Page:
On the other hand, the most recent economic literature has considered in detail the role of institutions for Latin American backwardness and traced the differences within the region. Although conventional economic factors have not been ignored, the new literature has most focused on institutions and highlighted significant conditions for economic growth such as: property rights, the financial sector structure, investment in public infrastructure and human capital (North 1981). However, these institutional characteristics are difficult to change, because government policies and institutions tend to reproduce them; for example, in those societies that began high inequality, elites were established legal frameworks that warranted them disproportionate shares of political power and revenues (Acemoglu, Johnson and Robinson, 2000, 2003).


All theory depends on assumptions which are not quite true or that perfectly adjust in the real economy. However, the inevitable assumptions must not be quite sensitive to abrupt changes in factors or variables. The bulk of this dissertation is devoted to a long-run growth model based on the Harrod-Domar assumptions except that productive factors are fixed proportions trough time, since we consider that the economic structure could fluctuate by the appearance of exogenous shocks and mainly by economic policies.

This dissertation departs from a double point-of-view considering trade and growth theories (Baghwati and Johnson). The first one allows that exogenous effects could have positive and negative effects on economic growth, specifically; it is associated with the adverse effects of the terms of trade volatility. The second point is associated with the presence of trade protection, under conditions in which any terms-of-trade effects of growth are excluded; by assumption protection policies have a more preponderant effect on economic growth in the long-run.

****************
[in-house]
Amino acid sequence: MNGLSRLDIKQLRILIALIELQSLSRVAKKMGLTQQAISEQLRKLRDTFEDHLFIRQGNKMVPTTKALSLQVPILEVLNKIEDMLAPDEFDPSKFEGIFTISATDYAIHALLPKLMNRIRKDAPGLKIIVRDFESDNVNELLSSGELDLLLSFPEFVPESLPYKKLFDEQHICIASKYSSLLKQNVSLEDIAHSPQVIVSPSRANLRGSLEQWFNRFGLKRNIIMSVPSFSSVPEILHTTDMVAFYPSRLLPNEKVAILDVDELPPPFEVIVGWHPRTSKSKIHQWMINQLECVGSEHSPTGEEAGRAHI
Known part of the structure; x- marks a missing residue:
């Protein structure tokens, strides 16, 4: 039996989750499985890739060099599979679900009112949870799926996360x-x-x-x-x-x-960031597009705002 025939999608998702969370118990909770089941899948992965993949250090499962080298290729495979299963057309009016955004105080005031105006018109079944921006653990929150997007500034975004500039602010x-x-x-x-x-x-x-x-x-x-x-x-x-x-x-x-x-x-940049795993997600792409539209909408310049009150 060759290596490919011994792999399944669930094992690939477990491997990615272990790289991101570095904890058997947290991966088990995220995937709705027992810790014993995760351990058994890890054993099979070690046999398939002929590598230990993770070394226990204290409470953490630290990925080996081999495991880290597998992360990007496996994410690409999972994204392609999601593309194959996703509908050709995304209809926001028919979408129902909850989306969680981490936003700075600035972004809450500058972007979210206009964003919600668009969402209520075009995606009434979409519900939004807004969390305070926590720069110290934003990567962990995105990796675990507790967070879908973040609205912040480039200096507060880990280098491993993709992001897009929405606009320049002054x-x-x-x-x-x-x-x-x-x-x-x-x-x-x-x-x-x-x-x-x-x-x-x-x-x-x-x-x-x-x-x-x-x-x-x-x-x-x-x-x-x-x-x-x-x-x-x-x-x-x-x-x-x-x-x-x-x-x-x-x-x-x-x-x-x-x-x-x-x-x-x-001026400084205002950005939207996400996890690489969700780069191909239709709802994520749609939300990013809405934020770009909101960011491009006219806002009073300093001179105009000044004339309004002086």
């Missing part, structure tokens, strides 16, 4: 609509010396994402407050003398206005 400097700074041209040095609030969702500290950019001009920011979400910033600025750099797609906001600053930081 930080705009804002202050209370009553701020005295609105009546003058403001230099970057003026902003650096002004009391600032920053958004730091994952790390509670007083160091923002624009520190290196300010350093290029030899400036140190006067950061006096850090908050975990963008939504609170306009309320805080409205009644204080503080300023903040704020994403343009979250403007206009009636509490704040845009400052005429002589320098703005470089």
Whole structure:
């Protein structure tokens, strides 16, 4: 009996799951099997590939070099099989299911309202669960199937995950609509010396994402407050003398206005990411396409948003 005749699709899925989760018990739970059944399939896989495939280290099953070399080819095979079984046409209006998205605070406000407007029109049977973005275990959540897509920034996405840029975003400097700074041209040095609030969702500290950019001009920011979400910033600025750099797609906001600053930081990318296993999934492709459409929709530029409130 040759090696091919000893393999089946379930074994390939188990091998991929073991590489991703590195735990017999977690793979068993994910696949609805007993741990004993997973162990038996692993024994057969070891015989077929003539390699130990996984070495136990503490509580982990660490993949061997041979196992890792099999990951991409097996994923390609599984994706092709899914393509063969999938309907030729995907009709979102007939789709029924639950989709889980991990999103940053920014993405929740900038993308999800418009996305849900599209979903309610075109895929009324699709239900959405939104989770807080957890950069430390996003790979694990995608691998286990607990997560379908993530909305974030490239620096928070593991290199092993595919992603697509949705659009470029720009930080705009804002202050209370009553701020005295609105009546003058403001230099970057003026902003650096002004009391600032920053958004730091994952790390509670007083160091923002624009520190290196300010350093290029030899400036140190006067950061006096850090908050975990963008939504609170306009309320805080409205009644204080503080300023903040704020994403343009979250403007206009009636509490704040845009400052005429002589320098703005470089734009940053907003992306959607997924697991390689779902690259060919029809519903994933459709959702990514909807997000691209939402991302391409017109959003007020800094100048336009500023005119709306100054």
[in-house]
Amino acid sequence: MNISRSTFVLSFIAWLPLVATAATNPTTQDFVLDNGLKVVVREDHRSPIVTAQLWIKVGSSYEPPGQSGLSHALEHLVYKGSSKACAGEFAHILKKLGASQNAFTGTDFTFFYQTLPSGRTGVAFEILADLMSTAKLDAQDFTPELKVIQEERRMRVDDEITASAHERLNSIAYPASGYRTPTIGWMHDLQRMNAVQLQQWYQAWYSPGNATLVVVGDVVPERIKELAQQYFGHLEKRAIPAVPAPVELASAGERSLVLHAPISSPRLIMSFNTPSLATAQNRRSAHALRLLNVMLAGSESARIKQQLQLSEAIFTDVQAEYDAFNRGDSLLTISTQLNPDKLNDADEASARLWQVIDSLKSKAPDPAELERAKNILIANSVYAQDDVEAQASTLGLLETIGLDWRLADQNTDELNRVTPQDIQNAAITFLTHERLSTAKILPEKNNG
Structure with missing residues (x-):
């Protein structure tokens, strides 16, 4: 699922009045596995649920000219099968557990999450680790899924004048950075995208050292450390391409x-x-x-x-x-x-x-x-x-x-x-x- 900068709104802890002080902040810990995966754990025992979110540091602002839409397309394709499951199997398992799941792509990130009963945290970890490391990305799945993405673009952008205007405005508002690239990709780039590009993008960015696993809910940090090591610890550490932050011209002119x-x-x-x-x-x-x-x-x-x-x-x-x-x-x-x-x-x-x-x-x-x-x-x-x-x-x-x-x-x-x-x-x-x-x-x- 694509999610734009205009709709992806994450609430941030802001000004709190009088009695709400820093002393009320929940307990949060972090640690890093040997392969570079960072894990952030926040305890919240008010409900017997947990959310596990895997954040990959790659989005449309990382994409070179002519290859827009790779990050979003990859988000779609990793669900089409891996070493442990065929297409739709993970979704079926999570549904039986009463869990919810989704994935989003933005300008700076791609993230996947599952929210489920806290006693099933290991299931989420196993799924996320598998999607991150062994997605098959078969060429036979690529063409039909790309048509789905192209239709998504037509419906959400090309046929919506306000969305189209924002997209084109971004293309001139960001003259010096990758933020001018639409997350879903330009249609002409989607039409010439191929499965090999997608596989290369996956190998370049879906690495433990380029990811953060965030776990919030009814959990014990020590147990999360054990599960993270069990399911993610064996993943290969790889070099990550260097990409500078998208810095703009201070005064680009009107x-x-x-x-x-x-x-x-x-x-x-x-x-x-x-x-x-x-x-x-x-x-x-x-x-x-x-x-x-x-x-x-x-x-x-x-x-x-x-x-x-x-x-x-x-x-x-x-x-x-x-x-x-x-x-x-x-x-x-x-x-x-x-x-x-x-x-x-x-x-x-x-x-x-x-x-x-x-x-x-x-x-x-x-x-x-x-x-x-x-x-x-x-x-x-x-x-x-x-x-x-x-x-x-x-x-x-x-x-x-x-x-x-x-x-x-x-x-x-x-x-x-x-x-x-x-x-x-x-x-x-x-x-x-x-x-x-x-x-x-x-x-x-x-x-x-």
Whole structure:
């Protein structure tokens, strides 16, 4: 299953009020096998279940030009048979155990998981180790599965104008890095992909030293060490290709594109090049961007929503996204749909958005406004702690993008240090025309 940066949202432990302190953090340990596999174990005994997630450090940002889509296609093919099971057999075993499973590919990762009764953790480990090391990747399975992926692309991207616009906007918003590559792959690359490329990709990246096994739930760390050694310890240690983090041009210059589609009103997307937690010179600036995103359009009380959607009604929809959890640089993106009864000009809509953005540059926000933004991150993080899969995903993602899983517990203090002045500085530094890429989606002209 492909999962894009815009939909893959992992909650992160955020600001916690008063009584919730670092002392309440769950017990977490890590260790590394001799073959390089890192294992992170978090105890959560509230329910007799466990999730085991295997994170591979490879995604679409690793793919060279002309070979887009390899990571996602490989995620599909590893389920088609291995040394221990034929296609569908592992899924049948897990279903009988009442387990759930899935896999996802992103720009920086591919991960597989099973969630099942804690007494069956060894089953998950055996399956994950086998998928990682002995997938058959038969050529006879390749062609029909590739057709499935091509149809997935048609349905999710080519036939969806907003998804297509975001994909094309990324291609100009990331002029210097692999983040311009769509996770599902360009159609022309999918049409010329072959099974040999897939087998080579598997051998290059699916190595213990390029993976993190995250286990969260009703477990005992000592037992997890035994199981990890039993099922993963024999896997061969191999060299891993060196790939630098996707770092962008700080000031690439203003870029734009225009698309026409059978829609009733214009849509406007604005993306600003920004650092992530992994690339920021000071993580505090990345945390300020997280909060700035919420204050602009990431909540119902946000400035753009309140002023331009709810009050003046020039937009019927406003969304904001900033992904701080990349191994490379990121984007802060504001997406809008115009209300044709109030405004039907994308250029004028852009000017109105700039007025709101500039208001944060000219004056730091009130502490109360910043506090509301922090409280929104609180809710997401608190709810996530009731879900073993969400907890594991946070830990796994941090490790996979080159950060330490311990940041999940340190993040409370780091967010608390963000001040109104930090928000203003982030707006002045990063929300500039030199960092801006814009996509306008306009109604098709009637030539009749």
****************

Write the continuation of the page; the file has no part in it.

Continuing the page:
The chapters following cover a wide range of economic topics-growth, institutions, globalization-but they advance under a unified framework motivated by a number of common predilections and preoccupations. Consequently, the study will try to show a macroeconomic focus to pinpoint certain aspects of the political economy of Latin American development as it affected prices; both in levels and volatility, by looking at exchange rates, black-market prices, tariffs, and capital prices; and finally to trace out the economic implications on economic factors and growth.

In the 1980s, Latin American economies suffered a debt crisis and a deep decline in economic growth and, were forced to make economic and institutional reforms, though, many reforms were not developed correctly; given the institutional legacy, some of the distortions still exist today. Therefore, that is the importance of keeping studying the effects of sub-optimal policies and commodity revenues turmoil in the 1990s and the twenty-first century, where currently the global recession is increasing the risks of a slowdown in global trade and protectionism.


The main objective of the thesis is to develop an additional empirical extension about "immiserazing growth theory" on international trade for the South American economies; looking for the long-run determinants of growth, to study the impacts of policy-imposed distortions and exogenous shocks on growth. In that way, we propose to achieve the following objectives, that latter will be developed in the structure of academic documents.

To seek for the long-run determinants of economic growth.

To measure the effects of increments of the terms of trade and its volatility on main economic variables.

To account for the cost of ISI policies on South American economic growth.

These are the questions that we are entrusted to answer in the study: Which and how were the institutional structures that affect regional economic policy? Which have been the distortions that ISI and primary-producing dependence had on growth? Are some questions that this document will try to respond over the curse of the main chapters.